Firstly, your business is likely to move to the front of any payment queue. Cash will return to your business faster, and your cash conversion cycle will sharpen, providing extra liquidity. Secondly, you’re more likely to receive payment from financially struggling customers looking to cut costs. Thirdly, early payment discounts can reduce the risk of bad debt, as the longer a payment is outstanding, the greater the risk that it will never be repaid. Lastly, offering early payment discounts to your customers builds loyalty, as customers may see the discount as an incentive to choose your business over your competitors.
There are costs involved with offering prompt payment discounts, and it’s important you weigh these up when deciding if offering early payment discounts is right for your business.
For instance, going by the above static rate example, if your company’s profit margins are around 10% and you give your client a 2% early payment discount, then you will be giving up 20% of that profit – a significant percentage.
As a customer, there are significant benefits of negotiating and securing an early payment discount from your suppliers. The most obvious benefit is that of improved profit margins. If you secure an early payment discount from a supplier, then that money goes straight into your bottom line. For Pay4 customers this can sometimes even offset the cost of Pay4 supplier payments finance.
If your supplier reports payment data to a credit bureau such as Experian or Dun & Bradstreet, your on-time or early payments will also strengthen your payment profile and credit report. Contact your suppliers’ accounts receivable department to find out if they report payment data to credit bureaus.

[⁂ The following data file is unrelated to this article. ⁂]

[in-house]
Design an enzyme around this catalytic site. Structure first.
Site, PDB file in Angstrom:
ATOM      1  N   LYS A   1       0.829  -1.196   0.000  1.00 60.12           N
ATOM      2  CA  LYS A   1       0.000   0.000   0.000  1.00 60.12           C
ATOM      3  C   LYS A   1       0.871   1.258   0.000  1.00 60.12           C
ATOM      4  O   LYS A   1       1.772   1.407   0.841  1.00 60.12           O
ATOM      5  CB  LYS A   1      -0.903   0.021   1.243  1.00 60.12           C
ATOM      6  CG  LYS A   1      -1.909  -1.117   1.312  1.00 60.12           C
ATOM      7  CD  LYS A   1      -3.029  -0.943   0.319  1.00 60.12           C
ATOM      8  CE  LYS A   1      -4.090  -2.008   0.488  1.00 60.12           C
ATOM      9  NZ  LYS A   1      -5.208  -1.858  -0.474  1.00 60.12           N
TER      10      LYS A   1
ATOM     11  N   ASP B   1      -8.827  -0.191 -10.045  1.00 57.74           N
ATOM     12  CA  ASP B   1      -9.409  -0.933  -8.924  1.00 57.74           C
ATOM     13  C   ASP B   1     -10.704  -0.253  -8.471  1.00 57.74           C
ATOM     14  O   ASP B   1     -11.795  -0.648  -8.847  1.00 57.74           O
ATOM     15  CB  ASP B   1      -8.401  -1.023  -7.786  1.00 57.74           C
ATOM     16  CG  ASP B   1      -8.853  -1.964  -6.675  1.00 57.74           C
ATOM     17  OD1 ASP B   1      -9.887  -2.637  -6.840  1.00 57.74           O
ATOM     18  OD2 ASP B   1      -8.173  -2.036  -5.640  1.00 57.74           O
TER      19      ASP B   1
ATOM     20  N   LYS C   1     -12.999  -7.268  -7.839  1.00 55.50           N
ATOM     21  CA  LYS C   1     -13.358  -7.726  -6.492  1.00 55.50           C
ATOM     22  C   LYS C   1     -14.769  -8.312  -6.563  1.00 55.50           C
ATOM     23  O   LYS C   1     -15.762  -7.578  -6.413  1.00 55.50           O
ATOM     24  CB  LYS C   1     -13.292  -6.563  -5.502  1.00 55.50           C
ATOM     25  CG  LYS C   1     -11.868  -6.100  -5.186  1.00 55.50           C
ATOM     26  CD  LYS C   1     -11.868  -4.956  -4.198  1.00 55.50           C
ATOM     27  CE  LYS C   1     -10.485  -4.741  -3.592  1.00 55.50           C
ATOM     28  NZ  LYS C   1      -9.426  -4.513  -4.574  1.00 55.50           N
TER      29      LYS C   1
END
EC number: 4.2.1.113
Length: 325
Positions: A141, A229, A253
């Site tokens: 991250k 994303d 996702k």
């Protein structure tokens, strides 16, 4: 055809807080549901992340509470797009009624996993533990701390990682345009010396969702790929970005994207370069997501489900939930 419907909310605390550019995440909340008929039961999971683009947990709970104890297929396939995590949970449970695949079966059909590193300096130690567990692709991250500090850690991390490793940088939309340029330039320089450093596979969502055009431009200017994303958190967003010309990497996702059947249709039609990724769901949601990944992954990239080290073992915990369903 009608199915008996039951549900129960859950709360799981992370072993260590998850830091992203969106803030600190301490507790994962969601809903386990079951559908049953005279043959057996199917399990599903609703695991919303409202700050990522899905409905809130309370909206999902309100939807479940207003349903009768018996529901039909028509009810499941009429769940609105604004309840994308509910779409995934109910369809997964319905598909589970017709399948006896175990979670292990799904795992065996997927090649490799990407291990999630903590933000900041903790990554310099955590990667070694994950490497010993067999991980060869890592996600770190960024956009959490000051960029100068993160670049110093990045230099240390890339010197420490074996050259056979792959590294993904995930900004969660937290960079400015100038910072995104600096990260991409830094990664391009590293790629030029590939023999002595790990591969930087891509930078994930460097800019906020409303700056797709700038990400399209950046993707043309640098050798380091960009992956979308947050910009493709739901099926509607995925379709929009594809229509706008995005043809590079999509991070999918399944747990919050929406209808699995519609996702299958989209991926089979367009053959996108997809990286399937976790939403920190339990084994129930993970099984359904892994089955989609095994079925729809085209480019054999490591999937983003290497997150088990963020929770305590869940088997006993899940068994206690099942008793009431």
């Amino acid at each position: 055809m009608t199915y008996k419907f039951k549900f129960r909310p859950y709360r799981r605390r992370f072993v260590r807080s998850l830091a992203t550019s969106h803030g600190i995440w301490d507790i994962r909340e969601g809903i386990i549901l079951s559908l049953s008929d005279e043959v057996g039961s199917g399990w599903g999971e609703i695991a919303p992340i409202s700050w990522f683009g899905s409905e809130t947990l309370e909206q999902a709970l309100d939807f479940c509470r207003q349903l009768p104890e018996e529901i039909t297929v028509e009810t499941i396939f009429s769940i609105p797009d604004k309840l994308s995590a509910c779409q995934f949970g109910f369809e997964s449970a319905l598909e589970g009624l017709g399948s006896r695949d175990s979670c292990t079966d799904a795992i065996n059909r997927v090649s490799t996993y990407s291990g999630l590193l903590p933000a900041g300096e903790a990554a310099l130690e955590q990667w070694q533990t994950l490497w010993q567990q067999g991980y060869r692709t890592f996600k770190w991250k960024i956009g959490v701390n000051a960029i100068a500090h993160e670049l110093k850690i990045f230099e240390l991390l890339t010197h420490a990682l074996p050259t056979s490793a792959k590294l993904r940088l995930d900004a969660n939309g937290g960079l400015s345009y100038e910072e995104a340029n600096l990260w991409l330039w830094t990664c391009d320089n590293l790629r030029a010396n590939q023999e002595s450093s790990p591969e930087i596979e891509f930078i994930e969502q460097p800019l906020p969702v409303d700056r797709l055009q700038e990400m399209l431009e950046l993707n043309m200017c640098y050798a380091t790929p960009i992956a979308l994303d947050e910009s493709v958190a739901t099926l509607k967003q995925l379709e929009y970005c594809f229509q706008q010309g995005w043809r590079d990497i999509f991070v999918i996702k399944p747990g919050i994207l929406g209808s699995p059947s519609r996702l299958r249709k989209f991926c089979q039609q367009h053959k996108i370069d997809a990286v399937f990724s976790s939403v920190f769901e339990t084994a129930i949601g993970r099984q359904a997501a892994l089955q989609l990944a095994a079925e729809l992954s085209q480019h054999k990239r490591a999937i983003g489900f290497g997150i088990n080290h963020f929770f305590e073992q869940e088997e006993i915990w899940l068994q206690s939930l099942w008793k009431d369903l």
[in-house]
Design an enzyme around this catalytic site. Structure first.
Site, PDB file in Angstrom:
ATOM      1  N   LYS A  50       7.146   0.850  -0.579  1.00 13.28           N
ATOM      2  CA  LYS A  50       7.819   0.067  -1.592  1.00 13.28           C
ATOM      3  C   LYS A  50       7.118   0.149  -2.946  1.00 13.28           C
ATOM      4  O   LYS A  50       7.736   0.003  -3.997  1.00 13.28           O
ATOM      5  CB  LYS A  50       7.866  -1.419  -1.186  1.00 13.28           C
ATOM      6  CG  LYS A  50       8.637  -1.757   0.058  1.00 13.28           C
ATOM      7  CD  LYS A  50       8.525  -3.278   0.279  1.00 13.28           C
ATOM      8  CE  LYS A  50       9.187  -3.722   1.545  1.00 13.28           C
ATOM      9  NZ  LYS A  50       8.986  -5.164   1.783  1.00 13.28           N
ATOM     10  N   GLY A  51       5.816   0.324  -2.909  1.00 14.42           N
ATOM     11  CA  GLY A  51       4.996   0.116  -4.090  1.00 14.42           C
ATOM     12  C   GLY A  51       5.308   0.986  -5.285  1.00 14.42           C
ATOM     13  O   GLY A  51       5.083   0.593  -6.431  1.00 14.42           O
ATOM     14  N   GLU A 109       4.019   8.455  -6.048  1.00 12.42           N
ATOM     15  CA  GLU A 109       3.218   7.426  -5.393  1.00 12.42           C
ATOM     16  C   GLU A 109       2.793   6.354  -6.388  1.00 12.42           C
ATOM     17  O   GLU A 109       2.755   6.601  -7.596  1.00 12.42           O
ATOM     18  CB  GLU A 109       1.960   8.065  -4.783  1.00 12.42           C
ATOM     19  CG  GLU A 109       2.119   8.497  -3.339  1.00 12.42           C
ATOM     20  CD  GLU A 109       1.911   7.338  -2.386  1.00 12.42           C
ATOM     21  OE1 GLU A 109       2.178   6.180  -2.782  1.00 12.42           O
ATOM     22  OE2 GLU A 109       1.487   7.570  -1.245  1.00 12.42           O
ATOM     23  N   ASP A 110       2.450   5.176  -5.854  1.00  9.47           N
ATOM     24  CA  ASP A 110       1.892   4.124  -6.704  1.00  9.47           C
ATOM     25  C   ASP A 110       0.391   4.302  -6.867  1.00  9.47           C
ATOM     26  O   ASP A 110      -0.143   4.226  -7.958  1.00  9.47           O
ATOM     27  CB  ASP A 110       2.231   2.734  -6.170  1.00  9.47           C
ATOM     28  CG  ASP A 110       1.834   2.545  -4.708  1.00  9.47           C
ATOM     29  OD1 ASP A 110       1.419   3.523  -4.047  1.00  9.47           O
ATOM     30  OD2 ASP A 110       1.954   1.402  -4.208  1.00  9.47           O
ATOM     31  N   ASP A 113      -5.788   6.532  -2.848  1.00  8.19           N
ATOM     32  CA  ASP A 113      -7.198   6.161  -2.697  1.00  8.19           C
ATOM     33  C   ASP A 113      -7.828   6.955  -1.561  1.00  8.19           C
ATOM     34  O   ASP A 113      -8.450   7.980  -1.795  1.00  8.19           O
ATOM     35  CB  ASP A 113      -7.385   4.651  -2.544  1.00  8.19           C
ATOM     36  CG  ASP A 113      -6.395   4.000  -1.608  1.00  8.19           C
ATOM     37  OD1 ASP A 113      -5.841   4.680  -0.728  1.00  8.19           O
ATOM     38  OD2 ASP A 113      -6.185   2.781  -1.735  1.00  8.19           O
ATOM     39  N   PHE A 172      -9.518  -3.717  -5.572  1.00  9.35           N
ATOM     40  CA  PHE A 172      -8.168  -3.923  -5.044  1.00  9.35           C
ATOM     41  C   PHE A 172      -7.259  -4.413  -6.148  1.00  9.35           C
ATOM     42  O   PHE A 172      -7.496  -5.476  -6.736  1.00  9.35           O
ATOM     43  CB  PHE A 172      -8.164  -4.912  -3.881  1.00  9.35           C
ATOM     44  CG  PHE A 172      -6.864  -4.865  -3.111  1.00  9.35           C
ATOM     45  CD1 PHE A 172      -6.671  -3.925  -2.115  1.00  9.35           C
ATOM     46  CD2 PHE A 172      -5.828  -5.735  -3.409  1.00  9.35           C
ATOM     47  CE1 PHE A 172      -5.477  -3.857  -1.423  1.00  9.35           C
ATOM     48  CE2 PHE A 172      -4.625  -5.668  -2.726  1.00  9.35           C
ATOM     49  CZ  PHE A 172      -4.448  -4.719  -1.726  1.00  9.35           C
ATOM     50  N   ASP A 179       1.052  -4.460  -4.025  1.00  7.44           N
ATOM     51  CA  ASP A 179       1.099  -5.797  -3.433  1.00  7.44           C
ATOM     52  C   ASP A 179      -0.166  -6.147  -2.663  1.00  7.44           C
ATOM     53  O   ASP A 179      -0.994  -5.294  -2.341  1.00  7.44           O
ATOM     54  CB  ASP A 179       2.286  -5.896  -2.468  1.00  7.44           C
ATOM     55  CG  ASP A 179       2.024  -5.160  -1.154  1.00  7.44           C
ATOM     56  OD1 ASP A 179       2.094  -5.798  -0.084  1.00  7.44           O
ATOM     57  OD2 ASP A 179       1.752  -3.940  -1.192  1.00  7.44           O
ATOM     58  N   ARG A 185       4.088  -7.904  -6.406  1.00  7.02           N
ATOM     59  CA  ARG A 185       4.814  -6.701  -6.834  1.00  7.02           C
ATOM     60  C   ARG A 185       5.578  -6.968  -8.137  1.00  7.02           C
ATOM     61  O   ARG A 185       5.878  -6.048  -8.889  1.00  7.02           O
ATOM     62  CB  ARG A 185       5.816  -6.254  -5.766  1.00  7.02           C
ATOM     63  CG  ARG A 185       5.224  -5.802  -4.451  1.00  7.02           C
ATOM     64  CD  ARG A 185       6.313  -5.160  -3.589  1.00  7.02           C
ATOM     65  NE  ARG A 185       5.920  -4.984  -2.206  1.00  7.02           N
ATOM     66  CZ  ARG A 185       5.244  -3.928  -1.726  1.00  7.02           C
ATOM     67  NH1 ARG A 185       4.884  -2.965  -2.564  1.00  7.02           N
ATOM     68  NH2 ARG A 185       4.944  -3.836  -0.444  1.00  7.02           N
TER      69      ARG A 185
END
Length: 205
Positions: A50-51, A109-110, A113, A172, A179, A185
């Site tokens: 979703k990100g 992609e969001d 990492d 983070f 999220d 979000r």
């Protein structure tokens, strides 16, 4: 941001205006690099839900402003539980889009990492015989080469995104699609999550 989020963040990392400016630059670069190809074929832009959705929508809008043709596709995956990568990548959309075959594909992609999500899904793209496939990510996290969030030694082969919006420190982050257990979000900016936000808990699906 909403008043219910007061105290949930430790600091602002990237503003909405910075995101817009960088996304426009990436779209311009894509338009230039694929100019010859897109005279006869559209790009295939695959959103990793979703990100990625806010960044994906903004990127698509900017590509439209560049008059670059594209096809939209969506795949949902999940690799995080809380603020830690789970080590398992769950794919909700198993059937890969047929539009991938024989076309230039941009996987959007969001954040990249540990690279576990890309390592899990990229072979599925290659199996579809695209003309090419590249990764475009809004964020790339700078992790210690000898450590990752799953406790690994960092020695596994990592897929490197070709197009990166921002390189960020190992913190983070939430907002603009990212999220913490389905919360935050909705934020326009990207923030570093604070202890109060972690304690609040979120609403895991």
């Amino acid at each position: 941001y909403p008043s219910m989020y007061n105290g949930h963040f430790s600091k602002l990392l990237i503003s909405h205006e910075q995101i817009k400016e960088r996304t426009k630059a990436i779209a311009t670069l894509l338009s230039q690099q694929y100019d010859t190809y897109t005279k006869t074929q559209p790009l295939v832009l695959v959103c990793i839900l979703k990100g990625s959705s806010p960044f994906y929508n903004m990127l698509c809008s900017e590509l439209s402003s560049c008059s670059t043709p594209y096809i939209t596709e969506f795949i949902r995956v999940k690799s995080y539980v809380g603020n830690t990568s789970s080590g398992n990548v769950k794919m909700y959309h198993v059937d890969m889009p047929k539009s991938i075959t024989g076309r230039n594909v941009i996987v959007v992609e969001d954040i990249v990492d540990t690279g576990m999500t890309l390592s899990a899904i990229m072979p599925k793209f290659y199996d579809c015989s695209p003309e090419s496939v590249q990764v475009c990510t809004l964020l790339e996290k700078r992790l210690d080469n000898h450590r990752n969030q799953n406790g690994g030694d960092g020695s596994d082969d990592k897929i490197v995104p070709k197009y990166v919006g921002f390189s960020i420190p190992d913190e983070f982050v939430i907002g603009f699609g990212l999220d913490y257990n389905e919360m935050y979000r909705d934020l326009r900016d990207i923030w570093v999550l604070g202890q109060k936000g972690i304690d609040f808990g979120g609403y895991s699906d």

Ensuring your suppliers receive a steady flow of capital also helps to mitigate supply chain risk. Your suppliers will be more likely to be able to replenish stocks from their own suppliers, so if you have a sudden demand, they will be in a better position to help.
Paying your suppliers early requires you to have cash in your business ready to meet invoices as they arrive. If your business is awaiting payment from its own customers, this can create gaps in cash flow.
The mismatch of cash flow priorities between suppliers and customers inhibits prompt payment of invoices and exacerbates the issue of late payment. This is where intelligent use of business lending can help.
You can either use Invoice Finance and release the capital from your customer invoices to then ensure prompt payment to your own suppliers, or you can use a structured revolving credit facility like Pay4 which allows you to pay your supplier and other creditor invoices immediately with up to 120 days credit.The early payment discounts that this facilitates allows you to more than offset the cash flow impact of opening the line of revolving credit.
Offering Early Payment Discounts
As a supplier, offering an early payment discount can be a good way to strengthen cash flow and customer relationships, by swiftly recouping outlaid capital and proposing competitive price points. However, it’s important you judge your discount correctly to minimise the overall impact on your bottom line while also encouraging your customers to settle promptly.
When considering what early payment discount to offer your customers, you should take into account the following:
- what is standard for your industry
- what discounts (if any) your competitors are offering
- whether the client in question has a history of prompt payment
- how much late payment will impact your own cash flow
- your profit margin on the customer order
Set terms based on a sound analysis of your profit margins, the importance of the customer and the market standard. Consider what additional advantages you could offer your customers too, for example, faster shipping or lower base prices.